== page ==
Chinese banks may struggle to recoup about 23 percent of the 7.7 trillion yuan ($1.1 trillion) they’ve lent to finance local government infrastructure projects, according to a person with knowledge of data collected by the nation’s regulator.
About half of all loans need to be serviced by secondary sources including guarantors because the ventures can’t generate sufficient revenue, the person said, declining to be identified because the information is confidential. The China Banking Regulatory Commission has told banks to write off non-performing project loans by the end of this year, the person said.
The estimate implies $261 billion of debt may go sour, almost five times the $53.5 billion the nation’s five largest banks are raising to replenish capital. China’s banks advanced a record $1.4 trillion of credit last year to support the economy, raising concern that bad loans will surge and force the government to add to the more than $650 billion spent to clean up the banking industry since 1999.
“Unfortunately this smells just like déjà vu of China’s last banking crisis a decade ago,” said Shen Minggao, Hong Kong-based head of China research at Citigroup Inc. “Non- performing loans will increase as a result of last year’s lending spree, which to a certain extent was a delayed form of fiscal spending, and eventually the central government will step in and share the costs.”
Decades of state-directed lending to unprofitable government companies and projects saddled China’s banking system with a non-performing loan ratio of more than 50 percent, according to a 2002 estimate by Standard & Poor’s. Government bailouts helped bring the industry’s bad loan ratio to a low of 1.3 percent by June 30.
Local governments set up the financing vehicles to fund projects such as highways and airports due to limits on their ability to directly borrow money. The central government this year restricted borrowing on concern money isn’t being used for viable projects.
The number of non-performing loans to such vehicles likely won’t be “too high” at the end of this year as most such credits, many issued last year, are long-term debts, said Sanford C Bernstein & Co. analyst Michael Werner. “We may not see trouble with these loans begin to pop up until two or three years down the road.”
Only 27 percent of the loans to the financing vehicles can be repaid in full by cash generated by the projects they funded, the person said. Central bank governor Zhou Xiaochuan said in March that the failure by such financing vehicles to repay debt may lead to “fiscal risks” as local governments will become liable.
“Some of the infrastructure projects may not be commercially viable per se, but we should recognize that the benefit they bring to the local economy will enable governments to repay the debt,” said Xing Ziqiang, a Beijing-based economist at China International Capital Corp. “That will reduce the likelihood of loans turning bad.”
An official at the banking regulator’s press office in Beijing declined to immediately comment when contacted today.
China last month ordered local governments to ensure repayment and to concentrate on completing projects already under way. Financing units that fund only public projects and rely on the fiscal income of local governments to repay debt should stop spending, the State Council said June 13. Local governments have also been barred from guaranteeing loans taken by their financing vehicles.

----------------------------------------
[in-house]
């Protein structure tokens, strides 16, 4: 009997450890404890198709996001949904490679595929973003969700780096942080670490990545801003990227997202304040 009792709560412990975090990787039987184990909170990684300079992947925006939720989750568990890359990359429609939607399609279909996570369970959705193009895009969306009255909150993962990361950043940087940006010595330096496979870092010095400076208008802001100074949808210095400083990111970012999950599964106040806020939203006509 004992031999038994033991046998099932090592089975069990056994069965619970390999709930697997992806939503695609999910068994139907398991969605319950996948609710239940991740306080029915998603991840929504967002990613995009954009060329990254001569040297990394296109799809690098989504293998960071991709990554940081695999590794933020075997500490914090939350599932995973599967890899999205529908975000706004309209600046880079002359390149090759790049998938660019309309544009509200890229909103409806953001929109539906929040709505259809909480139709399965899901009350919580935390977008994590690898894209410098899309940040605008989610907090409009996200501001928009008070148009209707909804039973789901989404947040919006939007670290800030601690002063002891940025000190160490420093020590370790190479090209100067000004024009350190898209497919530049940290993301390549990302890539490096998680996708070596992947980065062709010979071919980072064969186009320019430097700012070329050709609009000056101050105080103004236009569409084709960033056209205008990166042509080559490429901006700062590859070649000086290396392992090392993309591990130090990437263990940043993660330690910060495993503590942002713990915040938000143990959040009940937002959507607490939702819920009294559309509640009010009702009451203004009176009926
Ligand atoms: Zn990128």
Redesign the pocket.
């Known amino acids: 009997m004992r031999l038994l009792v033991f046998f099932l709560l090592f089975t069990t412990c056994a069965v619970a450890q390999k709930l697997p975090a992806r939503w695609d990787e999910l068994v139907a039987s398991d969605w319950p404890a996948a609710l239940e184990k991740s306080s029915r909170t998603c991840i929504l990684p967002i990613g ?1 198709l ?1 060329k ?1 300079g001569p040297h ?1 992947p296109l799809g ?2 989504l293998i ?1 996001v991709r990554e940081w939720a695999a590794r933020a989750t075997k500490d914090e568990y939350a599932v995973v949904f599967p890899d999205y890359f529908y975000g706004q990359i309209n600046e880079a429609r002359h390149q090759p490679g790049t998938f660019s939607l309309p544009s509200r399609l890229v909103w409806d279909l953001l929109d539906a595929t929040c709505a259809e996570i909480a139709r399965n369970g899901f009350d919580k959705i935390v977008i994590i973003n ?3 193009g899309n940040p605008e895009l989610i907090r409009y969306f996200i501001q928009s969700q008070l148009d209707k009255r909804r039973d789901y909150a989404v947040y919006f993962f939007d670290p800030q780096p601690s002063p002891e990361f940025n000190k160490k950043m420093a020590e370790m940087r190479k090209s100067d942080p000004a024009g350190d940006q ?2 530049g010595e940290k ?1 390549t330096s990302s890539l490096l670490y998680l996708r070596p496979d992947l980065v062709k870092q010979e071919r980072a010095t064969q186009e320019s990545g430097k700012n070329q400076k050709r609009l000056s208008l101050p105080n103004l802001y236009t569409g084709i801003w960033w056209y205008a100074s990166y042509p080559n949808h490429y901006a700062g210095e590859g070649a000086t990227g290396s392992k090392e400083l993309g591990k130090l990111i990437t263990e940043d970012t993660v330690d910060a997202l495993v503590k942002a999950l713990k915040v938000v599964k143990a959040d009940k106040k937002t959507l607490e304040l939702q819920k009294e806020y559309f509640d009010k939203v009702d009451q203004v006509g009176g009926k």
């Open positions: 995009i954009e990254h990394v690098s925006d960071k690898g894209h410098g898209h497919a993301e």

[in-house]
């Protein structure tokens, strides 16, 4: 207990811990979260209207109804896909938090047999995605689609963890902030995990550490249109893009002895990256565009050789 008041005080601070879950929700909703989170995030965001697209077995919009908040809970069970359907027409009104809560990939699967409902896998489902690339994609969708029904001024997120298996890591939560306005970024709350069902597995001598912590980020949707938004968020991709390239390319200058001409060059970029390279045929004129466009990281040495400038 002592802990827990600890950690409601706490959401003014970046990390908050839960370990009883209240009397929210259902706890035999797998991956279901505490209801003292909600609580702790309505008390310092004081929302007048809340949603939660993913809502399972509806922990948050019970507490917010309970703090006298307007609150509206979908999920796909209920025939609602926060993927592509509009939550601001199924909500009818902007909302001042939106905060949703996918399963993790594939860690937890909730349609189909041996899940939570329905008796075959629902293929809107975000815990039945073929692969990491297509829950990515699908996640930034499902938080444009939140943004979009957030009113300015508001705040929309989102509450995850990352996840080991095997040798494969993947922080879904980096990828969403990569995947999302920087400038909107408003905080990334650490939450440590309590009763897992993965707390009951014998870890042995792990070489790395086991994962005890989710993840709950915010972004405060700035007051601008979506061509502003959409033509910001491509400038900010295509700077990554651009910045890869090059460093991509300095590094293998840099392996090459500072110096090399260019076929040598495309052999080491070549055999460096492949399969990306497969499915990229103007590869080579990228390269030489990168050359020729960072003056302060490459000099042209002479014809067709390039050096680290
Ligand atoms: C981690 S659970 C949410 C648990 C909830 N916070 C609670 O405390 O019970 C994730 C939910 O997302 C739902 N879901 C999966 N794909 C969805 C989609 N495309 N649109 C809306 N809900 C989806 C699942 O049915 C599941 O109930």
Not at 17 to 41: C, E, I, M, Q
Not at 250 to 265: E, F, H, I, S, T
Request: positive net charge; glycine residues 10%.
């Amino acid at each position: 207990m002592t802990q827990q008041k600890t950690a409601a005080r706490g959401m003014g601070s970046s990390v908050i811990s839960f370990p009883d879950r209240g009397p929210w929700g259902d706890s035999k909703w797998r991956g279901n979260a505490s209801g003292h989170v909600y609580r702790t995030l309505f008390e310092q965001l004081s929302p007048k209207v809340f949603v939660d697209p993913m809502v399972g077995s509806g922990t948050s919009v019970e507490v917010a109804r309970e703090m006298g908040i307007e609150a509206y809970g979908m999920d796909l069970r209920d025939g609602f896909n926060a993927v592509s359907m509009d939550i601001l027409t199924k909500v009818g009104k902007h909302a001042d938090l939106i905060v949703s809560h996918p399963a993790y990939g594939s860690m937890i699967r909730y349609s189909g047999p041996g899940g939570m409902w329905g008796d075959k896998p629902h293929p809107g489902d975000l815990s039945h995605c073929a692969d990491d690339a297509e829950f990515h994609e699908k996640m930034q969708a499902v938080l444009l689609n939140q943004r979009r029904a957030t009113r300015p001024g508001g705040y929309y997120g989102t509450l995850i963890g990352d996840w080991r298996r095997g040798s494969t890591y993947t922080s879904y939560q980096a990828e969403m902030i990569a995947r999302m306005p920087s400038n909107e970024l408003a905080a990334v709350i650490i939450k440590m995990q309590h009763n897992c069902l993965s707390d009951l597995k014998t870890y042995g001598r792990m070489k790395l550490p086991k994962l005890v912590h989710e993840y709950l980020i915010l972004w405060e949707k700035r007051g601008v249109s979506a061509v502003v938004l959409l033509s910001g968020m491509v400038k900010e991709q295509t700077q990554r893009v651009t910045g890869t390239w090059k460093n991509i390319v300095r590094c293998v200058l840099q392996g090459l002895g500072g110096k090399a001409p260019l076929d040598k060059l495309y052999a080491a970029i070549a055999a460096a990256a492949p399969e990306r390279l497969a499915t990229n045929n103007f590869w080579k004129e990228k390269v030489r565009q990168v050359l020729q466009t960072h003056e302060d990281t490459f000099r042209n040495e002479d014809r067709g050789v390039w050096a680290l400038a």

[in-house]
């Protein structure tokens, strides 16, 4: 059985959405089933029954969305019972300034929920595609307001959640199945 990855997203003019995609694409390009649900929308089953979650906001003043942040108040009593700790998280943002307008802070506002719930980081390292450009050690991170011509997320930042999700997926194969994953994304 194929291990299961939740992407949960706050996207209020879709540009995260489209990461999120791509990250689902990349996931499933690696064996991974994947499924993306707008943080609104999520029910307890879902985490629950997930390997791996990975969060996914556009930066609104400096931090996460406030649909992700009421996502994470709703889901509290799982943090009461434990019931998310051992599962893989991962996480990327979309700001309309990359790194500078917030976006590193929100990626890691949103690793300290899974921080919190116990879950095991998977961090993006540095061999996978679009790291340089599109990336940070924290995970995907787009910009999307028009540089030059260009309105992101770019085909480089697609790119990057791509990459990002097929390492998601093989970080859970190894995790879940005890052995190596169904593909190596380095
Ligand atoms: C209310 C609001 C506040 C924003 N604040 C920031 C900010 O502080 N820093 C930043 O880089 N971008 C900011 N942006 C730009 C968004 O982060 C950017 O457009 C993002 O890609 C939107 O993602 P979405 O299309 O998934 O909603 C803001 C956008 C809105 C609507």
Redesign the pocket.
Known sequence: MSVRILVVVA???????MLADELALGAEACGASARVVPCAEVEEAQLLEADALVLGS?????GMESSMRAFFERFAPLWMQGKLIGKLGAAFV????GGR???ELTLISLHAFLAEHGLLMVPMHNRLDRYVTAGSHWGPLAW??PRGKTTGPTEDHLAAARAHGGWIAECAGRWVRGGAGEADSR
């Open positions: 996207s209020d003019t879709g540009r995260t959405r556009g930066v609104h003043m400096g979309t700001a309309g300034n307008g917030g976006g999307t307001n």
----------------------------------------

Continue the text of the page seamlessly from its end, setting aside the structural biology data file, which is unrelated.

Fitch Weighs In
To minimize losses, the banking regulator has ordered lenders to create teams to discuss loan repayments with local governments and protect the rights of creditors, the person said.
The government may have to handle the issue in a “careful and gradual” manner as China’s economy slows, Citigroup’s Shen said. Growth eased to 10.3 percent in the three months to June from a year earlier, from a pace of 11.9 percent in the first quarter.
“They have to walk a fine line between making sure that these banks provision adequately and making sure these banks can still generate capital to grow their capital adequacy ratio,” Werner said.
China Citic Bank Corp. would be the “most negatively impacted” by provisions against such loans, Werner wrote in a report today. China Merchants Bank Co. would be the least affected, he wrote.
China Citic Bank
Citic Bank dropped 1 percent to 5.88 yuan in Shanghai trading as of 11:29 a.m. local time. China Merchants fell 1.2 percent, extending this year’s loss to 17.6 percent. The Industrial & Commercial Bank of China Ltd., the nation’s biggest, slid 1 percent.
The government has been grappling with how to rein in the credit-fuelled stimulus before it leads to overheating, according to a July 14 report by Fitch Ratings analyst Charlene Chu. Lending hasn’t slowed as much as official data suggests because Chinese banks are shifting loans off balance sheets by repackaging them into investment products that are sold to investors, the report showed.
“The growing popularity of this activity is increasingly distorting credit growth figures at an institutional and system level,” Chu wrote. “Consequently, Chinese banks’ loan loss reserves and capital are more exposed to credit losses than current data suggests.”
Chairman Liu said in April that inspectors would visit banks in the third quarter to check on loan reports that had to be submitted by the end of June. Those reports showed the banks had 7.7 trillion yuan of outstanding loans to the local financing vehicles at the end of last month, the person said.
To contact Bloomberg News staff of this story: Andreea Papuc at +852-2977-6641 or email@example.com